KWETHLUK -- When Eunice Schaefer moved back to the village after more than a decade of city living, relatives often appeared at her doorstep with food. They had caught extra fish or killed extra birds, they would say. Did she want some?
These members of her extended family, some of whom she barely knew, didn't really have food to spare, she understood.
"Moving from Anchorage to a village, or any city to a village, you're used to things not costing as much. It's harder to budget. And you know my pride kept me from asking for help when we first got here," said Schaefer, a 32-year-old mother of seven.
"I'd rather go without and a lot people knew that. They'd just bring things over," she said.
I met Schaefer in late September at the Kwethluk Native Store, where she works as a clerk. As her young family toughens to life on the Lower Kuskokwim River, they are among the hundreds of Alaskans who have moved from Anchorage to villages in the past two years, many trading city "luxuries" like indoor plumbing and big box stores for the backyard salmon streams and berry fields of Bush Alaska.
An exodus of villagers to Alaska cities -- an urban migration -- grabbed headlines over the past decade. But the river flows both ways as many rural residents return to hometowns across the state.
For the first time since 2000, the Bethel census area actually gained more people from Anchorage in 2010 than it lost, according to the state Labor Department. "We don't expect that to be a long term trend. But it can happen just because we have these huge numbers going to and from each year," said state demographer Eddie Hunsinger.
For Schaefer and her kids, the trip has been a homecoming, a return to the web of familial support and unbidden open-handedness that defines Bush Alaska, and a departure from the anonymity and low-cost softness of city living.
'WHERE YOU COME FROM'
Schaefer grew up in the Inupiat village of Point Hope but has family roots in Kwethluk. The sprawling, riverside medley of boxy homes, Russian churches and steamhouses is her mother's hometown. Schaefer lived here at times as a girl.
When her aunt died around New Year's Day in 2011, Schaefer visited for the funeral. Everyone was so welcoming, she said. They brought food and prayed for her aunt to make it heaven and helped with chores.
"They said, 'This is where you come from. We're your family, even if you don't really know us," Schaefer said.
By the end of the month, she'd moved to the village.
It hasn't always been easy. She lives here with her boyfriend and four of her children, ages 4 to 11. Another boy, 15, lives in Anchorage with family. "He has friends there," Schaefer said. "I think he likes taking a shower."
Family members adopted two of her other children. Schaefer was young when she had them, she said. "I didn't want my kids to go without."
Her one-room house is smaller than an Anchorage garage and home to six people. Schaefer pays just $1,500 a year to live here, she said, but hopes to someday build her own house, far away from the eroding riverbank. Her bathroom, a honeybucket, is on the porch. No water means her children bathe in a large Tupperware tub, using rain collected in a 10-gallon bucket.
Schaefer talked about her move one afternoon this fall as her 4-year-old daughter, Makyla, played with a Barbie DVD case on the peeling linoleum floor. The kids miss Anchorage parks and playgrounds, she said.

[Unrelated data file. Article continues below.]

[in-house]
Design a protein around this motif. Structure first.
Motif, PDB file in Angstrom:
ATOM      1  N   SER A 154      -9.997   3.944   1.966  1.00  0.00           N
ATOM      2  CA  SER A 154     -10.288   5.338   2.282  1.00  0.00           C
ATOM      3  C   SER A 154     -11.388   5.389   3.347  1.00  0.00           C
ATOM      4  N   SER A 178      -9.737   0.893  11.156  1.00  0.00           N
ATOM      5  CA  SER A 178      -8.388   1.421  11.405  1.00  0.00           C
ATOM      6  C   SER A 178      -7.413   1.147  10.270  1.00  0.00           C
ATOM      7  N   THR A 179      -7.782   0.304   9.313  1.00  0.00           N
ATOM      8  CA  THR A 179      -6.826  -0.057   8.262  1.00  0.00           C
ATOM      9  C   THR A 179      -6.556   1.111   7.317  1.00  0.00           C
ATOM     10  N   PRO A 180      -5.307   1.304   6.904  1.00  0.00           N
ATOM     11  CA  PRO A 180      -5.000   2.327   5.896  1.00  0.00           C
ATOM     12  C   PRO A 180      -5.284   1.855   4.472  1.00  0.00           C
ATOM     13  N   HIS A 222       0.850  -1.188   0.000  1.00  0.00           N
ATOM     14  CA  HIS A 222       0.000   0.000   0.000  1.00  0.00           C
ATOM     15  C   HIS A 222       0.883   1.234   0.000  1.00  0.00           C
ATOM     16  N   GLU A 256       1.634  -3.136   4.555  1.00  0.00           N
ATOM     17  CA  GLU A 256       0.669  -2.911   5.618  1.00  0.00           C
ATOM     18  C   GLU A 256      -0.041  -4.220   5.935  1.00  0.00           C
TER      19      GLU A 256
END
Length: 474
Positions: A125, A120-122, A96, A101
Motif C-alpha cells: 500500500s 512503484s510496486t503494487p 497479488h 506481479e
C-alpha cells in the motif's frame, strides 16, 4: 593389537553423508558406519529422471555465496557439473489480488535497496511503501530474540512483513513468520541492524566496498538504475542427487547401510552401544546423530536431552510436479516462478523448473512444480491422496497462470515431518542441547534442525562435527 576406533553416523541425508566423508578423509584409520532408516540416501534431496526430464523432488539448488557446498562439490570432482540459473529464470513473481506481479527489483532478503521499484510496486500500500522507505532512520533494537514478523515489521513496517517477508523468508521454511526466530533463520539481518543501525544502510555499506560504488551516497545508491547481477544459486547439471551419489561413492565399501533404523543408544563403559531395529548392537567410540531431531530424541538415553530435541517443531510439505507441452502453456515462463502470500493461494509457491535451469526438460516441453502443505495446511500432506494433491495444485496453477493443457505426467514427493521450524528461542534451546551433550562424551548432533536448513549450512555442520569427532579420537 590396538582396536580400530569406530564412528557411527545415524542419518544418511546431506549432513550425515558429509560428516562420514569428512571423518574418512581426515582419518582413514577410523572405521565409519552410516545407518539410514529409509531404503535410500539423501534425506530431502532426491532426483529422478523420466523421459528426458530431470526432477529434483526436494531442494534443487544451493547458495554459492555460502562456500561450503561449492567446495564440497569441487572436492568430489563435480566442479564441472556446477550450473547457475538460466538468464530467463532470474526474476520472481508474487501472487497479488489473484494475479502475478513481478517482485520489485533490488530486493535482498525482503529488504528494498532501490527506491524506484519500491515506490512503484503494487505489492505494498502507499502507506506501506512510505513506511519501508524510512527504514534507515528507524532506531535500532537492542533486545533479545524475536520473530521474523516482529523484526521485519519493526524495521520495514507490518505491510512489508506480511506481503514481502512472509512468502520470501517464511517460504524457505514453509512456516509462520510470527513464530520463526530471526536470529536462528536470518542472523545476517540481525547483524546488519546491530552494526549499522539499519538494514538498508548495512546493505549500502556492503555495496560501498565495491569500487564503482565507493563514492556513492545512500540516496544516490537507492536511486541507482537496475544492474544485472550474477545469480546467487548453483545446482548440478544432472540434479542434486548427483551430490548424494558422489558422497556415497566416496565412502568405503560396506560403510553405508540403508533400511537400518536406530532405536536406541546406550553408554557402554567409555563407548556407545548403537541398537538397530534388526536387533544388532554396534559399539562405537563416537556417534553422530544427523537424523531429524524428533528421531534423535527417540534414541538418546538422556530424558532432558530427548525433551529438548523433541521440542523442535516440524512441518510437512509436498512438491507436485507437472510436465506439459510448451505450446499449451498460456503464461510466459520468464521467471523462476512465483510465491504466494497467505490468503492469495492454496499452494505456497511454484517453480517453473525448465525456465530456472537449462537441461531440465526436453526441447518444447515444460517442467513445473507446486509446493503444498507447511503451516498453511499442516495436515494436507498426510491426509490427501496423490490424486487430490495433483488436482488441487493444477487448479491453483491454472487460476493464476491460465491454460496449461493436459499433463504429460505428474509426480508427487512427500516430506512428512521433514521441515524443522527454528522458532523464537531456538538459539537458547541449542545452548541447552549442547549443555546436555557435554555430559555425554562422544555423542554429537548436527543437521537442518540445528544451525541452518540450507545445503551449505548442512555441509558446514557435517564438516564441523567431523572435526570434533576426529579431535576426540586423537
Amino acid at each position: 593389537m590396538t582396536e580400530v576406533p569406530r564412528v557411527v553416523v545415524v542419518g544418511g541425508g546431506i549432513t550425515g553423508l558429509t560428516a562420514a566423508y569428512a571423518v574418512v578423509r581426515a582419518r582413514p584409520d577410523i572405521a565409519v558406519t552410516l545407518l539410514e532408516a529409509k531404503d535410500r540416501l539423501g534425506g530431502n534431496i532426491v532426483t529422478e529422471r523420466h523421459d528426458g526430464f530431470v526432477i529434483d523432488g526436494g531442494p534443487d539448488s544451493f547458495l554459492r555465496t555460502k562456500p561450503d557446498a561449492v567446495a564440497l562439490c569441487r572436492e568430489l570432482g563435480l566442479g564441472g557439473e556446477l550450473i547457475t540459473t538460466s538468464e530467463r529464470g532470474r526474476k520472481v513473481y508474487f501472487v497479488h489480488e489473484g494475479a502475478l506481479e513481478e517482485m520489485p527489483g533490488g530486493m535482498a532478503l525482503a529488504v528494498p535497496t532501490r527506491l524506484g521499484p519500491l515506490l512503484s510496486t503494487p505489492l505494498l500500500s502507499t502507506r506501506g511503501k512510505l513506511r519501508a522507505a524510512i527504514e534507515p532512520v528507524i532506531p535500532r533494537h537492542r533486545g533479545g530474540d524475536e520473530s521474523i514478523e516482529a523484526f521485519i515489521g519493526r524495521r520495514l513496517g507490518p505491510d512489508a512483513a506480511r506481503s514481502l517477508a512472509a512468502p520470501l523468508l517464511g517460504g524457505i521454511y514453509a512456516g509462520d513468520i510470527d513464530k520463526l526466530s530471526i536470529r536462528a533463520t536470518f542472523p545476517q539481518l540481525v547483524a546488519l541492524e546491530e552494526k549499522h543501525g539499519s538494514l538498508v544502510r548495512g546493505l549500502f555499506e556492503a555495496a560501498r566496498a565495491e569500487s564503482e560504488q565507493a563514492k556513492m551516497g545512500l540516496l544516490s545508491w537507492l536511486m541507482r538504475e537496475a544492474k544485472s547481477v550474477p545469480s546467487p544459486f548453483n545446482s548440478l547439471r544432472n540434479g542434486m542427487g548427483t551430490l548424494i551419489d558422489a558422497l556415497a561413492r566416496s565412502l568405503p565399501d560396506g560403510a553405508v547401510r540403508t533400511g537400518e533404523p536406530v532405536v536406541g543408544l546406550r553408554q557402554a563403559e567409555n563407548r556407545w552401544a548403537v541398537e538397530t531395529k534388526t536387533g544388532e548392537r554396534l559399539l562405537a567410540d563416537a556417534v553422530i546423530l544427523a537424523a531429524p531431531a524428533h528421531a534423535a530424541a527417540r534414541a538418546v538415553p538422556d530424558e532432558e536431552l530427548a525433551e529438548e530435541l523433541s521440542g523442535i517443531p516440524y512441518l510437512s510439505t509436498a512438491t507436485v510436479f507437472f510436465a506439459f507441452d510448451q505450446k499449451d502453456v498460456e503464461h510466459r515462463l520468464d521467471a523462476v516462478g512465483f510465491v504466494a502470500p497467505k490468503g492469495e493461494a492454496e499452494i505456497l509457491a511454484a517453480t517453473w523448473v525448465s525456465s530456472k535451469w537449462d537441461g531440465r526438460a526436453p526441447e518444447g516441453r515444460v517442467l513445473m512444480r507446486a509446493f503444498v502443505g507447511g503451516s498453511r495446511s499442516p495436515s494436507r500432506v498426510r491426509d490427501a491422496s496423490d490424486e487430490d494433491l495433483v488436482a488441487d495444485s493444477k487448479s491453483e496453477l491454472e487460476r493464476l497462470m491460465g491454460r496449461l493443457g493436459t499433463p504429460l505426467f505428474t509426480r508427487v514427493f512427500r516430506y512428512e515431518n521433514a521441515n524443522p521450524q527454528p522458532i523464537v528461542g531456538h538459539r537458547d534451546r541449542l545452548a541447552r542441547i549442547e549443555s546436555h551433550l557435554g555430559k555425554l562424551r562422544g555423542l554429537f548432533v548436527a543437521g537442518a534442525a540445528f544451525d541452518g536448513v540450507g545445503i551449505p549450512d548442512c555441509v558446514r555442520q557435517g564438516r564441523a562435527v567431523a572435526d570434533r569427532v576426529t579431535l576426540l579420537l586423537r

The family had spent a recent day in Bethel, a half-hour boat ride downriver, where they ate at a restaurant. "I remember these!" her daughter said.
HEAT THE HOUSE FOR A DAY
Schaefer and I recently spoke again by phone as her family prepared for Thanksgiving dinner: caribou donated by a cousin, plus a whole chum salmon. Being in the village means being thankful for different things, she said.
In Anchorage, she was grateful for her car, a Saturn bought from a cousin for $50. Kwethluk has no paved roads and Schaefer walks to her job at the tribal-owned store. During her lunch break, she sometimes carries home a few pieces of wood left over from trees cleared for a multimillion-dollar water and sewer project beginning in the village.
She's grateful this winter that someone must have seen her collecting wood. A neighbor recently knocked on her door with a wheelbarrow packed with chopped logs.
"I never really knew anything about wood," Schaefer said. "For me it's a big deal to have my kids be able to go out and get wood and cut it themselves, and burn it, and know that they heated the house for that day."
She's grateful for the neighbor who gave her son a pair of shoes this summer, when he lost his playing on the tundra. She's thankful for the small Danby top-load washing machine the family bought in the village. It runs on rainwater and saves trips to the washeteria, where cleaning two loads of clothes cost $24.
Plus, people watch out for her kids in Kwethluk, she said. They invite the family to holiday meals and compliment the children on their new jackets. They tell her son he has the makings of a fine hunter. Her children are named after deceased relatives, and sometimes people in the village tell them stories about their namesakes.
"It lets them know that they're really special and they're cared for and wanted," Schaefer said.
Sometimes, during the long, muddy walk to work, Schaefer thinks of moving back to the city. Or maybe to Bethel. All told, and at least for now, she's glad to be back.
Sometimes she hears her kids practicing to count in Yup'ik, reciting lessons learned at school. Instructors taught them to make akutaq and find rabbit holes. Her daughter learned to pluck and cut a duck.
Now that the river has frozen, the children can go ice fishing a few steps from the house.
"My kids had always wanted fish before moving here, and it was something that they didn't get too often," Schaefer said. "We'd buy it from Costco, more often than not."
By KYLE HOPKINS